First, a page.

British Putting – a New Game Within a Game

British Putting – a New Game Within a Game

British Putting

Ever since cricket managed to reinvented itself so powerfully with Twenty-20, the golfing world has been looking for a similar equivalent: a shorter form of the sport, one that could be enjoyed by everyone, one that did not require a deep and profound understanding and skill level to enjoy, something that offered immediate excitement and fun.

There have been several attempts: Powerplay golf being the one that gained the most traction but, if the truth be told, they all failed.

Only 3% of the UK’s population are interested in playing golf. There may be a few more who are interested in watching and even a few more that might one day consider that they may like to play golf, but for now we are stuck with a participation level of just 3%. This is a truly hopeless percentage for any support that wants to have an impact across the country. Marketing and advertising returns are poor enough to start with, but when you first have to target just 3% of the population, then finding new customers becomes even harder. 

It is not surprising that in recent times golf club facilities have been trying to win customers from each other, rather than trying to find brand-new customers. In simple terms this is an easy to understand strategy. The way to win customers from another facility is normally by offering more for less money. This is bound to incite a drop in price, a drop in profitability, and before long a drop in service must also be the result. So the golf business is getting worse, unless it can find a new way of attracting participants to golf facilities. FootGolf has been very popular and brought golf courses to a wider audience, but some would argue that kicking a ball is so alien from hitting a ball that the sport of golf itself is not being helped.

At last, after years of scratching our brains finally there seems to be some logic emerging. And the answer is... Putting. 

As with many eureka moments, the answer has been staring us in the face, or to use another tacky idiom - under our very feet - all the time. Putting greens are numerous and there are already at least 5000 such greens in the UK. Every golf course has at least one: there are even greens made from artificial grass, many of which are doing huge levels of business and are wonderful commercial entities in their own right. Many local Councils used to have such greens and my own first experiences of putting were at the seaside putting course above Westgate Bay where I first held a golf club and participated in putting with my reluctant mother on a family holiday. It is a shame that most councils have let the quality of their putting greens go and in many cases these putting greens have closed and with it the opportunity of young children to dream about the ‘grown-up’ sport of golf!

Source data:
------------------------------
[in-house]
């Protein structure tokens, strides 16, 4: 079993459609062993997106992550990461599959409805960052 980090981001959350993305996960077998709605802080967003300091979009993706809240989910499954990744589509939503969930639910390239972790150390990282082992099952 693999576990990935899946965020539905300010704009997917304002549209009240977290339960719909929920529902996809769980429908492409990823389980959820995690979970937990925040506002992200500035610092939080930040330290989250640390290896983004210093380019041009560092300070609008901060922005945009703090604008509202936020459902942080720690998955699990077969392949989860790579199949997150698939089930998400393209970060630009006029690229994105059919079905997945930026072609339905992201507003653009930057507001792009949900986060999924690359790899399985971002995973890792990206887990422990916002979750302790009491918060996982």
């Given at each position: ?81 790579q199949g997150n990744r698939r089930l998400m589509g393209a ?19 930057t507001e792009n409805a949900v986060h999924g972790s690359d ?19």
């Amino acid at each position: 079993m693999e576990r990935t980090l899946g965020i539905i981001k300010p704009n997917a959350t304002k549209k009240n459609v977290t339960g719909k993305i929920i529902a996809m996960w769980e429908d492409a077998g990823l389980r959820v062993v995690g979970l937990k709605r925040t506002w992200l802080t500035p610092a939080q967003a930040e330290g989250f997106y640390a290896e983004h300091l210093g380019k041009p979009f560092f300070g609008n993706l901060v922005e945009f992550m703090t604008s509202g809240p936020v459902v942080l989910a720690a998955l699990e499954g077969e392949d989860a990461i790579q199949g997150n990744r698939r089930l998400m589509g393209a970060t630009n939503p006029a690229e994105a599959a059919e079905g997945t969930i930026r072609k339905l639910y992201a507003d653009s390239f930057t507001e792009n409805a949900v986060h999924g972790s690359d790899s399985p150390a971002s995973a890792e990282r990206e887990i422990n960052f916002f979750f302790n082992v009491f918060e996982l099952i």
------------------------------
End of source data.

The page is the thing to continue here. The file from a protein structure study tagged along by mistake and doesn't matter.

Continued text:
For the last dozen or so years, golf centres in the UK have gradually been turning to adventure golf as a means of generating more interest, more money and greater participation levels at their centres. This has worked with great success, but not everyone can afford the £300,000 or £400,000 that it costs to set up such an adventure golf course. Perhaps we can achieve some of the same commercial returns on grass putting greens. It is no secret that the Himalayas golf course at St Andrews has thousands of people playing on it every week of the summer. It is a great commercial success and delights all that use it.

Unfortunately, practice putting greens have for the main part been regarded as small additions to the rest of the playing surfaces at golf courses. There are notable exceptions with Sunningdale, Royal Wimbledon, Walton Heath and Little Aston all having spectacular and beautifully-conditioned putting terrains at the heart of their golf offerings. 

Putting greens are for the main part viewed as an expense by the administrators and managers of golf facilities. British Putting intends to change all of this. For it is these very putting greens that can be the lifeline for any golf club, course or range interested in reaching out to the broader community and increasing participation, fun, dwell times, food income and bar takings.

 

Co-founder of British Putting, Colin Jenkins elaborates:

“Every club can take part and the easiest way is to run a regular event based solely around putting, but with social interaction at its heart. For example at Basildon we will be offering 18 holes of putting, with some fun and inexpensive prizes together with a barbecue burger and chips on every Friday in the summer at a cost of £8, reduced to £6 for those people with a season ticket. Friday evenings can be very popular, but not so that the business is over run with too much trade. By adding this putting event to mix, we are very confident that we will increase bar trade substantially, generate lots of good feeling, raise some money for the Golf Foundation and remind everyone that Basildon Golf Course is a great place to spend your leisure time.”

 

British Putting is open to absolutely anyone and any facility can join up and host events and be part of the organisation with useful branding, commercial ideas and an interactive website which will drive trade to your venue. The cost is just £10 per month plus VAT. You will be able to take part in competitions, with county and regional finals adding much excitement to the mix. The British Open Putting Championships will be held at Basildon, with its fabulous new putting green on September 1st & 2nd this year. We will be covering this in much more detail in the coming months. There are so many great opportunities to seize with this sport within a sport, which is now emerging to far greater prominence.

The formal launch of British Putting is at GolfBIC in Harrogate on Wednesday January 20th . To find out more information, sign up and register your interest, please visit: www.britishputting.com